Channeling Judy

I was 53 and sitting under a heat lamp with a head full of foils when I discovered my role model.  And it turns out my role model isn’t someone famous or someone in my family.  My role model is Judy — whose last name I can’t even remember — a woman who regularly attended my aerobics classes in the early 80s.  [Side note:  Yep, I taught aerobics for a living back in the day while wearing the requisite white Reeboks, super shiny tights, leg warmers, and neon leotards.]

Why I figured this out while getting my hair done is because I’d been trying to convince my stylist that frosted hair could make a comeback.  I’ve always liked frosted hair, vintage style like women had in the 1970s and 1980s.   During the conversation I realized I liked frosted hair so much because Judy had had frosted hair.  And when I was 19 I really wanted to be like Judy when I grew up.

I don’t think I ever considered what her age was back then, but I’d guess she was in her early 40s.  Judy came to my classes wearing mascara and bright lipstick with her short frosted hair wildly unstyled — which in itself was kind of edgy in the early 80s.  And her personality was just as bold and engaging and engaging as her style. In my eyes, she was confident, kind, friendly, sophisticated, smart, fun, and gorgeous.  Even though I had no idea what she did for a living or what her education level was or how much money she had (I can’t even remember her last name) I knew I wanted to be like her.  She never wimped out in class, she was hilarious, gregarious, and brought joy everywhere she went.  I wanted to show up every day as she did; boldly, confidently, and joyfully herself.

It might have taken me 40+ years worth to remember that inspiration, but I’m using it now and making up for lost time!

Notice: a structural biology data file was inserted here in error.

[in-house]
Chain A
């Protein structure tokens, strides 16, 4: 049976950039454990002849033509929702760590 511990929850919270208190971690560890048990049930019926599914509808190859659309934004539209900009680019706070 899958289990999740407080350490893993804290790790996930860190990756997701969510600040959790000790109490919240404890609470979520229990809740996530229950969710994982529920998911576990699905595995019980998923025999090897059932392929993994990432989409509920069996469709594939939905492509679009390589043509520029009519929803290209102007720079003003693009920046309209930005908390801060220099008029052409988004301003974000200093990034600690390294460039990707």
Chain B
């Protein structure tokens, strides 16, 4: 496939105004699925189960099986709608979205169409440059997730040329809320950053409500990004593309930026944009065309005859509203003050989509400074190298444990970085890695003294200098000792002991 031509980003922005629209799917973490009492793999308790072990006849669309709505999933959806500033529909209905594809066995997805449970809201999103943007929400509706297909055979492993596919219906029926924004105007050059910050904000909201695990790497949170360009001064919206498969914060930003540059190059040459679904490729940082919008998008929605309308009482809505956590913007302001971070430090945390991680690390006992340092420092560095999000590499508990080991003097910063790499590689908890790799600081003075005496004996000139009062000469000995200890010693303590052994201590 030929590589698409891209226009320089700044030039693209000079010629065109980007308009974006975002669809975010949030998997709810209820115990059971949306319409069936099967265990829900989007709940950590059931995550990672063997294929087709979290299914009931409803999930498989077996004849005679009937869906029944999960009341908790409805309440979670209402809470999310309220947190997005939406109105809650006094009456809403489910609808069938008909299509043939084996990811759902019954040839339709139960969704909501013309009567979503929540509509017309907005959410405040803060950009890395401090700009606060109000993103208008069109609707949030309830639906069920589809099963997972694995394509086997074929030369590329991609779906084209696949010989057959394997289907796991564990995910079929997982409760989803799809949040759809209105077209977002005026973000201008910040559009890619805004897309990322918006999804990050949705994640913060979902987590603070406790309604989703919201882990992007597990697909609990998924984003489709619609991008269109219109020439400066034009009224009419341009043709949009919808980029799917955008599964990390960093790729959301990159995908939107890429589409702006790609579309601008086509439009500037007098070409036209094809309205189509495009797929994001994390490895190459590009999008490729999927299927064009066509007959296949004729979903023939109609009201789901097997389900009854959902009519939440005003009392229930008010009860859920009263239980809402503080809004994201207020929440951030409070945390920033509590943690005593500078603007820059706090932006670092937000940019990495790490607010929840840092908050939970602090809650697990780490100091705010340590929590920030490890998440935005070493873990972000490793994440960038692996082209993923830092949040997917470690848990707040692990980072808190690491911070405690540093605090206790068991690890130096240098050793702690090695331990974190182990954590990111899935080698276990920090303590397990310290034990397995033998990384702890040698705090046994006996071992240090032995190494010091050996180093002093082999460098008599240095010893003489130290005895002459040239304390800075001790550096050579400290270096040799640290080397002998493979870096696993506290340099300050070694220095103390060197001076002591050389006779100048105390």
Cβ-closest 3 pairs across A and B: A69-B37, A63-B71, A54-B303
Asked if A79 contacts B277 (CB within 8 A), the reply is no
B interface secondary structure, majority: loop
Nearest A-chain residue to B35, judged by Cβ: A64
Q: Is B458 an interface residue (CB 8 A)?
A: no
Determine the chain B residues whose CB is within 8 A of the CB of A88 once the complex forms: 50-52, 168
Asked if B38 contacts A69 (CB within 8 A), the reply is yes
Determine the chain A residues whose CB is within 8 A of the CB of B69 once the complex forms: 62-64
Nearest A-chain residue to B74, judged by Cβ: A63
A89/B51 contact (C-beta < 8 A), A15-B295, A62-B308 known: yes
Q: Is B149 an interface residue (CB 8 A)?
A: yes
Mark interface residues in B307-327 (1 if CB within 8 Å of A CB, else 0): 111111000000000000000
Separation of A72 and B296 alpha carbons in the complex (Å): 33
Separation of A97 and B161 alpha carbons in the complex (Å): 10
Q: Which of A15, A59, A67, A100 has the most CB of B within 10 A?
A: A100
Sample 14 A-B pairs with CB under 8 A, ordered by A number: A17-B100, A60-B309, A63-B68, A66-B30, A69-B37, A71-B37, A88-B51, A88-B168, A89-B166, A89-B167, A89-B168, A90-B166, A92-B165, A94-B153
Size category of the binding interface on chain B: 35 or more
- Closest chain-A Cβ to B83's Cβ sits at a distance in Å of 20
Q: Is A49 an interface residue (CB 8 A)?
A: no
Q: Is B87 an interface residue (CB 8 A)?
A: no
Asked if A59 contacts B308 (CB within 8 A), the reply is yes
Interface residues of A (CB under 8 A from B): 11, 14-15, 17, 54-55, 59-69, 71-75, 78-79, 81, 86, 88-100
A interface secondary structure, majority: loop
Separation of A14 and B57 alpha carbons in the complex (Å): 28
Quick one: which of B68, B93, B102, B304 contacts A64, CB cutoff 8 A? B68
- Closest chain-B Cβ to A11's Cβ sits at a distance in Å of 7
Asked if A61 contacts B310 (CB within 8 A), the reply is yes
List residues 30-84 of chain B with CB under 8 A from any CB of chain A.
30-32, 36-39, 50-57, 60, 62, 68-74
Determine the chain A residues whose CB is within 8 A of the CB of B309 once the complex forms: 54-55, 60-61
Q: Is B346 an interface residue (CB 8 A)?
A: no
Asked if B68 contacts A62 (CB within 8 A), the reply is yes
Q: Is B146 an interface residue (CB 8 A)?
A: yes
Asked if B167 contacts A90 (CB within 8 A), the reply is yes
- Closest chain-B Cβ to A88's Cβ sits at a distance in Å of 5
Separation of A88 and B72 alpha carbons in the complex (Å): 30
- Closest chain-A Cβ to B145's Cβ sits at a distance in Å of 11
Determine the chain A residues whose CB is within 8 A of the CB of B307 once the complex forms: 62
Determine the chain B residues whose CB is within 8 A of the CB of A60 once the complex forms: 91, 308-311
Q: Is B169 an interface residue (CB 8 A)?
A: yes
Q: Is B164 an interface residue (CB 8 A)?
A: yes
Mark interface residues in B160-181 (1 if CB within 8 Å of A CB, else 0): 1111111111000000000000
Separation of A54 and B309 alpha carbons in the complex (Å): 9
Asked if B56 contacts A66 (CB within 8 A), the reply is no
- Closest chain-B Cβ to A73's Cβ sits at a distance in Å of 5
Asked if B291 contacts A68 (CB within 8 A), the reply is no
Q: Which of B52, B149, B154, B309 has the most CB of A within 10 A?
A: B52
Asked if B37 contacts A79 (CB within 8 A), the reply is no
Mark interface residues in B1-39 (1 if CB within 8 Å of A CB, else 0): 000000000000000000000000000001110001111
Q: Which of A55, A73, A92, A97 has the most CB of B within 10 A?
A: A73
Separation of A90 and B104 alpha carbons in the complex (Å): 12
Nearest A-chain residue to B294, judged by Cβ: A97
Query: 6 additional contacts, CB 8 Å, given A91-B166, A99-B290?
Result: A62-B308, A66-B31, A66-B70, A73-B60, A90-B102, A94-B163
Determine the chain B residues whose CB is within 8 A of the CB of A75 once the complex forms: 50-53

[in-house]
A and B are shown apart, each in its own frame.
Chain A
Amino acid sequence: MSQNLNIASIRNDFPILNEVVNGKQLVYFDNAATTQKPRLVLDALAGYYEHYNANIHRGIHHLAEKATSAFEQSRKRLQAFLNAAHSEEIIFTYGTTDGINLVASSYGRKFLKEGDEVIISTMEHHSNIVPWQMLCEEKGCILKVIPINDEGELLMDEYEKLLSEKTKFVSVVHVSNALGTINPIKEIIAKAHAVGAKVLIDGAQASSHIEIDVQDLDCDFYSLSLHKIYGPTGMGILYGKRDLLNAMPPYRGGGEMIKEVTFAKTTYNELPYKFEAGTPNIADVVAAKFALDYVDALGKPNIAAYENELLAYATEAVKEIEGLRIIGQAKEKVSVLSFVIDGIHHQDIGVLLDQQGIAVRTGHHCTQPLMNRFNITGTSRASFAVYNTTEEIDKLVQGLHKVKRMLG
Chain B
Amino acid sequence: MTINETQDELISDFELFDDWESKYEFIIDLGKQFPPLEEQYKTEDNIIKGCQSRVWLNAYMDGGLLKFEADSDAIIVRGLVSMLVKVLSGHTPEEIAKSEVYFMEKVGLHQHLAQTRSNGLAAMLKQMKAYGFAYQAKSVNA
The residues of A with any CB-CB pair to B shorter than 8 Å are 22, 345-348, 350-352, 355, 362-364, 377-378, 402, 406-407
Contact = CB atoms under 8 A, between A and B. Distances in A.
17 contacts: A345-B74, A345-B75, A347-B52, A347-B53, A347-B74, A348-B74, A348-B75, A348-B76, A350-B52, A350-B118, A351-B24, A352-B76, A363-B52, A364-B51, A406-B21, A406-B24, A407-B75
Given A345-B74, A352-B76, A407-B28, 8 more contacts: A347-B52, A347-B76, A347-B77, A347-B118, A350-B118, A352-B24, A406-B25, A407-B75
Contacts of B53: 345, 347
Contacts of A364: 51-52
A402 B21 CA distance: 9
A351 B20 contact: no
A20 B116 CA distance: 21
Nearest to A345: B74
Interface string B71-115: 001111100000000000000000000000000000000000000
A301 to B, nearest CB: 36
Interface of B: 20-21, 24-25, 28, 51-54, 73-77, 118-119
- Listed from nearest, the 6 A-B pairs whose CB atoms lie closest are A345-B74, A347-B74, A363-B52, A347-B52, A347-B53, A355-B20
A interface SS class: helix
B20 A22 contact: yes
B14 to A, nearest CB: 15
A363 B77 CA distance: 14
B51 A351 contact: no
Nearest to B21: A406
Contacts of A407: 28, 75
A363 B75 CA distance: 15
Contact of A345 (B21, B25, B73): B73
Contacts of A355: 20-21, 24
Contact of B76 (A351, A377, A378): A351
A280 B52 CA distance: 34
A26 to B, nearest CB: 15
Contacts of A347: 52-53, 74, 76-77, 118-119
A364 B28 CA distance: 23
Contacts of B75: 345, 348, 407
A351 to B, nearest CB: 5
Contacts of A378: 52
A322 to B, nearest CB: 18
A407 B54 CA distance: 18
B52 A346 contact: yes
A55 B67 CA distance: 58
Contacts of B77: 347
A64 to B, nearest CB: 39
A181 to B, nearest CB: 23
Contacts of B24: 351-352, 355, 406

At the beginning of the year I did something completely out of character.  Basically, I up and quit my job.  Without another one waiting in the wings.  And I felt really good about closing the door on a situation that just wasn’t working … until 2 a.m. … when I woke up and freaked out.  I had just jumped off a cliff into a vast and really scary unknown.  To say it was a rough night is an understatement.  Exhausted the next morning, I had an epiphany while brushing my teeth:  What if I wasn’t falling into a big, black hole of nothingness; what if I’d jumped off that cliff and I was FLYING?!  Wow.  Mind. Blown.  I carried that question around with me for days, then weeks and it was a little bit magical in that it seemed to keep the second-guessing and “sky is falling” feelings at bay.

Since then, life has moved on; I have a great new gig and I kind of lost sight of my whole “falling or flying” concept.  That is until I found myself in a full-blown existential funk — I’m stopping short of crisis.  I’m back to waking up in the middle of the night and getting wrapped around the axle about whether I’m doing what I should really be doing with my life, is it enough, what’s going to happen when I get old … that never ending spiral of fear and negativity that jolts many of us into wakefulness at the most inconvenient hours. I haven’t been a whole lot of fun for myself or anyone else.

Then, when I entered into a writing accountability partnership with a friend and was casting about to come up with what the actual eff I would even write about, I remembered my epiphany and thought about how it might apply to my current situation.  Is it perhaps that that I’m not actually in an existential funk, but really that I’m perceiving things in a way that make me feel I am?  I mean, it’s said that perception is reality.  Is it possible that by changing my perception I can change my reality from an existential funk to a big, sparkly life?  I don’t know, but 1) I got a blog post out of the idea, and 2) it’s for damn sure worth a try.

So … I’m going to start with the model I developed in graduate school, using practices of mindfulness, motion, and curiosity to serve as my foundation.  Practices, I should admit, I’ve let lapse somewhat of late … perhaps I’ve identified a contributory cause to these doldrums?  I’m also going to re-visit my readings related to perception’s impact on reality and also seek some new sources.  Since finishing graduate school, I’ve spent a lot of time catching up on my murder mystery reading and much less time focused on the reading that intrigued me so much that I actually finished my degree.  I’ll not only read, but I’ll share what I’ve read, I’ll share what I’ve done, and I’ll share whether/how it’s impacted the funk.  If nothing else, I’ll be writing AND finding ways to get my emotions back on track.  Nice.

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